This reflects one of the myths of the liturgical movement of the last four decades. Klaus Gamber, The Mass of the Roman Rite (title may not be exact) is the most thorough study of this question. He argues that the issue in the ancient chuch had nothing to do with "toward the people" or "away from the people." The celebrant always faced east--that was the fixed, firm principle. Most churches were oriented to the East, so, in most cases, the celebrant was facing, like the people, toward the east--all facing the same direction, toward Christ, to the Son of Righteousness etc. with all that symbolism.
Those few churches that were oriented (hardly an appropriate word here) to the west, posed a problem. The priest had to face East even if the people were not facing East. Gamber argues that these are what the references to "versus populum" refer to.
To my knowledge, though Gamber has been denounced as a tradtionalist, he has not been refuted on his research on this point. Joseph Ratzinger summarizes Gamber in his recent book, _The Spirit of the Liturgy_.
The rubrics of the 1970 Roman Missal assume that the priest will be facing the same direction as the people because they say at some points that he should turn and face the people. Incidentally, many of these "turning points" were also in the rubrics of the Roman Missal of Pius V (the "Tridentine" Mass).
I imagine Jungmann may be responsible for the widespread idea that sometime during the Middle Ages, alas, the priest turned his back on people and the Mass ceased to be a popular celebration and became a clerical affair. This is the general tone of Jungmann others of his era. Eamon Duffy has challenged him on a number of points of scholarship, pointing out how Jungmann used modern criteria of "participation" rather than medieval criteria for what constitutes "popular participation." This was in an address to the Society for Catholic Liturgy, published in their journal, _Antiphon_ vol. 2, no. 3, pp. 3-12 (approximately 1997 or 1998).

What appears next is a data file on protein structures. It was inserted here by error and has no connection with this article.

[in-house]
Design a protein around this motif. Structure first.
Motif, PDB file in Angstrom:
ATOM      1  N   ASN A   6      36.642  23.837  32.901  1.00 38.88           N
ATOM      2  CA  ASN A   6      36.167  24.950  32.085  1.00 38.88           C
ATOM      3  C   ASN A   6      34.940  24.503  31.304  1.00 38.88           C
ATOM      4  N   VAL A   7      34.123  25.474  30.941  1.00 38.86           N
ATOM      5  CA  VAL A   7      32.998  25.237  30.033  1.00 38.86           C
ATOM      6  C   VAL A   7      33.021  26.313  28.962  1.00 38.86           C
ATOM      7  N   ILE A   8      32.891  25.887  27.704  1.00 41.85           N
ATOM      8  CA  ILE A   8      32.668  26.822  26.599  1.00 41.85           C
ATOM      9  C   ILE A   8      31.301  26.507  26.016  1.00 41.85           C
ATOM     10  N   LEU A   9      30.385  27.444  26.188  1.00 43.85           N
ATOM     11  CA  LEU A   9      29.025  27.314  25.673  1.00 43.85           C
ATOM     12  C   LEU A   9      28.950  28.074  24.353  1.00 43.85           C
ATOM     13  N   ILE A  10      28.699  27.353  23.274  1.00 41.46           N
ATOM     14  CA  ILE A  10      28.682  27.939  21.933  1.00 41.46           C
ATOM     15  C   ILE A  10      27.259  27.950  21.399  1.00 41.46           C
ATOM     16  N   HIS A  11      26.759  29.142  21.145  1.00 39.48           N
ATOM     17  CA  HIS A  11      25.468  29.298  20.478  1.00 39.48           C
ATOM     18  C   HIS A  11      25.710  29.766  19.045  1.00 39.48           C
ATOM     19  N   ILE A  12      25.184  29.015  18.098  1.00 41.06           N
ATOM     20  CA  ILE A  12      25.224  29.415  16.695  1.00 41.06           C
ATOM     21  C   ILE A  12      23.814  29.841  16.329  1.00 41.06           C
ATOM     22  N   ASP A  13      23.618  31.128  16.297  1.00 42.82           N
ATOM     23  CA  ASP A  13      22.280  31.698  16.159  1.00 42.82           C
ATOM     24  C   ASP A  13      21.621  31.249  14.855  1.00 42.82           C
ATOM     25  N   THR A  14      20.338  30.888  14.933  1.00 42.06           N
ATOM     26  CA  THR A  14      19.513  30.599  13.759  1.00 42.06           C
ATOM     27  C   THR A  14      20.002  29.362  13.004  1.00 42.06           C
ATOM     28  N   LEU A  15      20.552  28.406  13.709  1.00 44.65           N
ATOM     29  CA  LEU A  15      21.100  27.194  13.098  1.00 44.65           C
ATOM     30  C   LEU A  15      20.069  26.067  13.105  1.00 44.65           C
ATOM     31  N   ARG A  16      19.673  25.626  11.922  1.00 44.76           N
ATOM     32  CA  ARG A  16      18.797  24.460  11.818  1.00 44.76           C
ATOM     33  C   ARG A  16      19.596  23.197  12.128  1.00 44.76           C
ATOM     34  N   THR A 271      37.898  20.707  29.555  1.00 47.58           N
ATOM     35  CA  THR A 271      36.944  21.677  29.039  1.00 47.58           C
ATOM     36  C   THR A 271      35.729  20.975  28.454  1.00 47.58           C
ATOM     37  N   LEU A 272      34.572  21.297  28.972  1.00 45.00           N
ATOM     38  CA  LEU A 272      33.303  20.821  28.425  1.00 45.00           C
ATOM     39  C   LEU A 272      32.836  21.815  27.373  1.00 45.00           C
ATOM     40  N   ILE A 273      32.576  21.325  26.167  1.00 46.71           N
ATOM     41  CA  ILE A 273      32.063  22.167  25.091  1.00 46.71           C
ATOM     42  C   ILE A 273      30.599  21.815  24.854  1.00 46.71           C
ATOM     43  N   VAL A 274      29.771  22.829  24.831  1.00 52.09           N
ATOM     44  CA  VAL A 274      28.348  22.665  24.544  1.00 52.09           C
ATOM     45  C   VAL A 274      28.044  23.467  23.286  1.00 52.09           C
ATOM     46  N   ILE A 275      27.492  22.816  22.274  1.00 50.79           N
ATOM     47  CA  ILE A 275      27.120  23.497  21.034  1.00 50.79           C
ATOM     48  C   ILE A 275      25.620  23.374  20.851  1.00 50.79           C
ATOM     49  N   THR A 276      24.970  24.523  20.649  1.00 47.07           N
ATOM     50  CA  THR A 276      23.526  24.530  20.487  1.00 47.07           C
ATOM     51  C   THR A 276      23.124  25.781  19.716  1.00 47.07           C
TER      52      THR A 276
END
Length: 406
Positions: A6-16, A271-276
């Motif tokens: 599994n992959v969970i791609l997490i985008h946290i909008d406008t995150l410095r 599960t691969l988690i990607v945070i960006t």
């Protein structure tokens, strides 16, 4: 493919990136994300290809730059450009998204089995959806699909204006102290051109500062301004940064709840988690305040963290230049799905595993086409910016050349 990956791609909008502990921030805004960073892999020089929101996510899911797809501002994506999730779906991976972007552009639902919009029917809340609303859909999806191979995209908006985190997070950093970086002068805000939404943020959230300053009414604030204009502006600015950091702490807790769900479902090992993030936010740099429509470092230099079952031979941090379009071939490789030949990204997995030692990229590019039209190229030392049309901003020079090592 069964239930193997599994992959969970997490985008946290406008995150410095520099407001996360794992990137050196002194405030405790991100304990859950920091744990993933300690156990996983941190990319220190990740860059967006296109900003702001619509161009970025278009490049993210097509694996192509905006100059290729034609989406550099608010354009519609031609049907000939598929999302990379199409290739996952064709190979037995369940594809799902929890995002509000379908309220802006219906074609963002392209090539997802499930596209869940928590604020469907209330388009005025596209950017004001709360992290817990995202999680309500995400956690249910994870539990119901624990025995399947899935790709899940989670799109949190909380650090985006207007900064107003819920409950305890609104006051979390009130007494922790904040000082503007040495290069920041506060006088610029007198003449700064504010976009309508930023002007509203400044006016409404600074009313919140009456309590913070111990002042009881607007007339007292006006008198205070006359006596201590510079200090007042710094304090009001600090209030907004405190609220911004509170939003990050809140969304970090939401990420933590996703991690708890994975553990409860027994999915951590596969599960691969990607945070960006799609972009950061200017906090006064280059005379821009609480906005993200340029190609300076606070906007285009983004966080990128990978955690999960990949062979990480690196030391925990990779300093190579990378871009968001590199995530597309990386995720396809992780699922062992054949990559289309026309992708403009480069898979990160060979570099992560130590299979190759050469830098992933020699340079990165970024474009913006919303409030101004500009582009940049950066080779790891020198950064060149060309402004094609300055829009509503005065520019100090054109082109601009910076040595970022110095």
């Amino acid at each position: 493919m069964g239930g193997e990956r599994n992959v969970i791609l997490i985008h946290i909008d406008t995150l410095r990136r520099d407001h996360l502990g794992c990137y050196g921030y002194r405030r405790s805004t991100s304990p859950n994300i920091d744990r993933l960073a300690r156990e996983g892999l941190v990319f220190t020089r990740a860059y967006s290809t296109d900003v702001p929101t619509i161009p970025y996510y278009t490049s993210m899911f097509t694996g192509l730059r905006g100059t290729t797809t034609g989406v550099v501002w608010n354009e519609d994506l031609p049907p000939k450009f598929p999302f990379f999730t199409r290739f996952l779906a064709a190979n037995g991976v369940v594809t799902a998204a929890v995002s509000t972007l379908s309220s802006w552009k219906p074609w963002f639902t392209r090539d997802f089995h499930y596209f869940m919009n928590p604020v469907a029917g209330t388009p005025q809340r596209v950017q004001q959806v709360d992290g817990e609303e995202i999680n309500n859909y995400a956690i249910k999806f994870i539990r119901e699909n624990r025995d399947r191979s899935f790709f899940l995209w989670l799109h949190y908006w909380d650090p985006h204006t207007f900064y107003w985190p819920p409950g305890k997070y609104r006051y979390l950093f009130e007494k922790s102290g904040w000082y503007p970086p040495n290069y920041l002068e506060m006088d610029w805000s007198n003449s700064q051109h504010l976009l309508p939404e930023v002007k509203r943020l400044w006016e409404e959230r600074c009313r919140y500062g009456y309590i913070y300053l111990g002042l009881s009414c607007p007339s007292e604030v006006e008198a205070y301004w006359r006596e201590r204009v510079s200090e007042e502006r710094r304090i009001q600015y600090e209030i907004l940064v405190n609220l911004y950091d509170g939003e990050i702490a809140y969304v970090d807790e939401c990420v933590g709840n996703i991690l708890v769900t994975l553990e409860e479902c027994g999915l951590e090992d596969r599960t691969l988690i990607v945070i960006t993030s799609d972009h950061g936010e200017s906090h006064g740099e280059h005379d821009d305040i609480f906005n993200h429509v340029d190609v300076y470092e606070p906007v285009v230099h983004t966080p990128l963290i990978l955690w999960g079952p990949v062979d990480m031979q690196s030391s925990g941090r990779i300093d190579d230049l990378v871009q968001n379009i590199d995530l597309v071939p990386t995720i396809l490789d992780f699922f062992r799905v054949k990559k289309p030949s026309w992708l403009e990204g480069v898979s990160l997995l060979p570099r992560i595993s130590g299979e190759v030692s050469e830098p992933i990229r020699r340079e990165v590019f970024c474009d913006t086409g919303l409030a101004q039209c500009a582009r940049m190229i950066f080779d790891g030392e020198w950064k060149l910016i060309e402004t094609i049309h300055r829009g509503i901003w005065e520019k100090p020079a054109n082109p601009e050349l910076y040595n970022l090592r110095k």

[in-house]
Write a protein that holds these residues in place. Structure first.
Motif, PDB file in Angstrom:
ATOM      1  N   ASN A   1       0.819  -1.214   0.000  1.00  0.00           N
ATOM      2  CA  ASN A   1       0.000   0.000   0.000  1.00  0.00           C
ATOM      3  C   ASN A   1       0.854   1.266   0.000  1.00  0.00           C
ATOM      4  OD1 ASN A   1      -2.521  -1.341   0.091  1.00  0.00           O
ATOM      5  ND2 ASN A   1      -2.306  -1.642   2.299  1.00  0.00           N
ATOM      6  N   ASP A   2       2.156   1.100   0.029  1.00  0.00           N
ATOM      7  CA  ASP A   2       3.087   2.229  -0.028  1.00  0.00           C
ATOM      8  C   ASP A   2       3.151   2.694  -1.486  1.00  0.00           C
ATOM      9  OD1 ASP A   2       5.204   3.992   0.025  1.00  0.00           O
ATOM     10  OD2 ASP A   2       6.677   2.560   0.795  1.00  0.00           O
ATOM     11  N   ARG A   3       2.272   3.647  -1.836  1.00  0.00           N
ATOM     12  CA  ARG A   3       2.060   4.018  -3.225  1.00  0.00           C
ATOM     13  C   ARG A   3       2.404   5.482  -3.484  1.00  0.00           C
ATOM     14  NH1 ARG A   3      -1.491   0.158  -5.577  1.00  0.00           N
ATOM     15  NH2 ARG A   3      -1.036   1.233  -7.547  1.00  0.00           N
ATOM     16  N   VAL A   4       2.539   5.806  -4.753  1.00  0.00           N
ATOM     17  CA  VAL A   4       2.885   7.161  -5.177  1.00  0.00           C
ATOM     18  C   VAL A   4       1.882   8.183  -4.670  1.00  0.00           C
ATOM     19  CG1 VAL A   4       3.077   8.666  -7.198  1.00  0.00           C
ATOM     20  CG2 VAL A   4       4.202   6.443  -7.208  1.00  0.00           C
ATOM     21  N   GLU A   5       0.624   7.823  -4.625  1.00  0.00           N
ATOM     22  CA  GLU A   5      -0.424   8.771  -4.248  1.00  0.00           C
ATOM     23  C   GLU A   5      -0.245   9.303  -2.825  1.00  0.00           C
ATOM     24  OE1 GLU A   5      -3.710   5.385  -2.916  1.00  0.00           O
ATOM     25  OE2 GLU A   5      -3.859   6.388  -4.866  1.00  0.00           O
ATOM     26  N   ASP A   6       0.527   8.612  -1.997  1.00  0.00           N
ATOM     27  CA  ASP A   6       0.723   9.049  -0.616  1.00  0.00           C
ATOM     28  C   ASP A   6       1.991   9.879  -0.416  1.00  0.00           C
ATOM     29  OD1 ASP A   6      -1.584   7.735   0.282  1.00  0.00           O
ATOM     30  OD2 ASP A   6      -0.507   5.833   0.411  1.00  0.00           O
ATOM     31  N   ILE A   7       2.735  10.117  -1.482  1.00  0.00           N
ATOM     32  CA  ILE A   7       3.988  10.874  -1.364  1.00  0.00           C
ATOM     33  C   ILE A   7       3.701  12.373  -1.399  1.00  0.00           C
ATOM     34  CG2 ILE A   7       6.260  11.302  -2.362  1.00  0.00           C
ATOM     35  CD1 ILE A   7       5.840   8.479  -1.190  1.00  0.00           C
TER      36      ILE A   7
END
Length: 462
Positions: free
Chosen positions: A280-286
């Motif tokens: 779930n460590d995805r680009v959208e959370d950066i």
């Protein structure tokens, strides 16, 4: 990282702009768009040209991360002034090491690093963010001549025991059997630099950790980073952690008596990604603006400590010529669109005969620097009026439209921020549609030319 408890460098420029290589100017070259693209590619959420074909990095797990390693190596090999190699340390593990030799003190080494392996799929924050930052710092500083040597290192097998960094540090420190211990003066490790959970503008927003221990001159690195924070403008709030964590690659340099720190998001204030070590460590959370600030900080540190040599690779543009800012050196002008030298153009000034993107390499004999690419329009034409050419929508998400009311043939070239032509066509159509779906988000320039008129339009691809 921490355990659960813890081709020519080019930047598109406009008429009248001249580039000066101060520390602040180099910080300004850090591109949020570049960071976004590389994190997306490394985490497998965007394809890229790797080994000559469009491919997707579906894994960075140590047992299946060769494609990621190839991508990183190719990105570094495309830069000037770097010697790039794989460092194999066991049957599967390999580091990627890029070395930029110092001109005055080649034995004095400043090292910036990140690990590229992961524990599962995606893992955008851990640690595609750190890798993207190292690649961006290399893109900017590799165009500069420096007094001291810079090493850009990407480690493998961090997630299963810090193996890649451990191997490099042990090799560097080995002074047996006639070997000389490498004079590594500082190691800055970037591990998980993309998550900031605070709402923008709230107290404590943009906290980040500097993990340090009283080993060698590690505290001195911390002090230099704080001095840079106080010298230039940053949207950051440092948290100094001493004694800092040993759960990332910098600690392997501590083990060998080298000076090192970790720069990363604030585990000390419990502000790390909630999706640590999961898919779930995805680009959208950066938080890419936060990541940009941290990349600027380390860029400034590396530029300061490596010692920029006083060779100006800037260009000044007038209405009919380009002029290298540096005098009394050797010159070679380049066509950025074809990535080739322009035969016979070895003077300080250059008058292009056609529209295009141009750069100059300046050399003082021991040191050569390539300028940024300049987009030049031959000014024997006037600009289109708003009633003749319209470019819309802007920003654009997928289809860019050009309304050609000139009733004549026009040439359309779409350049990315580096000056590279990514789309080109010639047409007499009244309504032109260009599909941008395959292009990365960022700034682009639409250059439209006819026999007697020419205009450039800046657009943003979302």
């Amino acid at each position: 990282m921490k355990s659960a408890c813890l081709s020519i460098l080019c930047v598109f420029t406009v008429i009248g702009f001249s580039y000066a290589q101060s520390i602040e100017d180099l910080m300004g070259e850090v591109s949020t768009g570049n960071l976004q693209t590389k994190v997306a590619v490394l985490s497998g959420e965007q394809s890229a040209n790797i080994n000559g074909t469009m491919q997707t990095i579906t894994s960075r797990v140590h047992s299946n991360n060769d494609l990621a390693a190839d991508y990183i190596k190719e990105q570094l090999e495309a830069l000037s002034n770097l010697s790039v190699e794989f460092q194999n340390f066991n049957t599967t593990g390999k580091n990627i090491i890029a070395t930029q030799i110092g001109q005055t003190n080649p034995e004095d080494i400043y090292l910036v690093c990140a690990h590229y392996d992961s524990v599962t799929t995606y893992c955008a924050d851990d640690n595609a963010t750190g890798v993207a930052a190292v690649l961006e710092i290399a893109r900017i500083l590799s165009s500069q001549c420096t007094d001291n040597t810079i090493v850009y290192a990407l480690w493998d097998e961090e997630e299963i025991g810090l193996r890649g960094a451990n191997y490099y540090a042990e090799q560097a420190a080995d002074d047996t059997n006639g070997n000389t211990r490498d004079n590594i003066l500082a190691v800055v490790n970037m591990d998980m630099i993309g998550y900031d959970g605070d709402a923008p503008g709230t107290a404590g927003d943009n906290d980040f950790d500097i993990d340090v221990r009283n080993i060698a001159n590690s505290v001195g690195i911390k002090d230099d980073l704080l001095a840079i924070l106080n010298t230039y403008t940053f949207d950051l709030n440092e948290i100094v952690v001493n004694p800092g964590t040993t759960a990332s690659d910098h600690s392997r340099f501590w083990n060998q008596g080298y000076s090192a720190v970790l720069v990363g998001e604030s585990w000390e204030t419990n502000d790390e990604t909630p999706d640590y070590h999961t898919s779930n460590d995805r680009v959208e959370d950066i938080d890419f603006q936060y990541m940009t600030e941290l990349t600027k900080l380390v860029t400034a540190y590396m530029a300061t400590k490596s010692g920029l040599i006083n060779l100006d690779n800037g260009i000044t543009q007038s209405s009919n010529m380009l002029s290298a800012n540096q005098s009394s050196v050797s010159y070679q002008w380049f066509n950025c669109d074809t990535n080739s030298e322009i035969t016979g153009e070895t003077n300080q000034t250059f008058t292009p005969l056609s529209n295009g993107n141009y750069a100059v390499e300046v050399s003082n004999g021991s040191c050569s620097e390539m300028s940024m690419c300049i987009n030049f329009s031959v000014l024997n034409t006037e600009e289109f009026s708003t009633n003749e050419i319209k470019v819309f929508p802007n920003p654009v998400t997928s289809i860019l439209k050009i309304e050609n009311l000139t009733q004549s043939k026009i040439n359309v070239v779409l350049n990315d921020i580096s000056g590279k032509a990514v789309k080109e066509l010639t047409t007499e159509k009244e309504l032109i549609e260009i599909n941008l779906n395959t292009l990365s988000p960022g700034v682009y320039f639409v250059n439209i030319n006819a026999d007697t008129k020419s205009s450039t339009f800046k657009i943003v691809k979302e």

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Some of us were discussing an issue this am that we could not resolve: when
the celebrant at Mass turned away from the congregation to face the
wall/apse. Some thought it was in the Carolingian period, accompanying a
rise in the sense of awe and fear in the presence of God, so that the priest
becomes chief suppliant and go between; others placed the turn in the 13th
century perhaps associated with the heightened devotion to the Eucharist and
the "secrecy" that would dictate its confection being hidden from the
congregation. What is the real answer?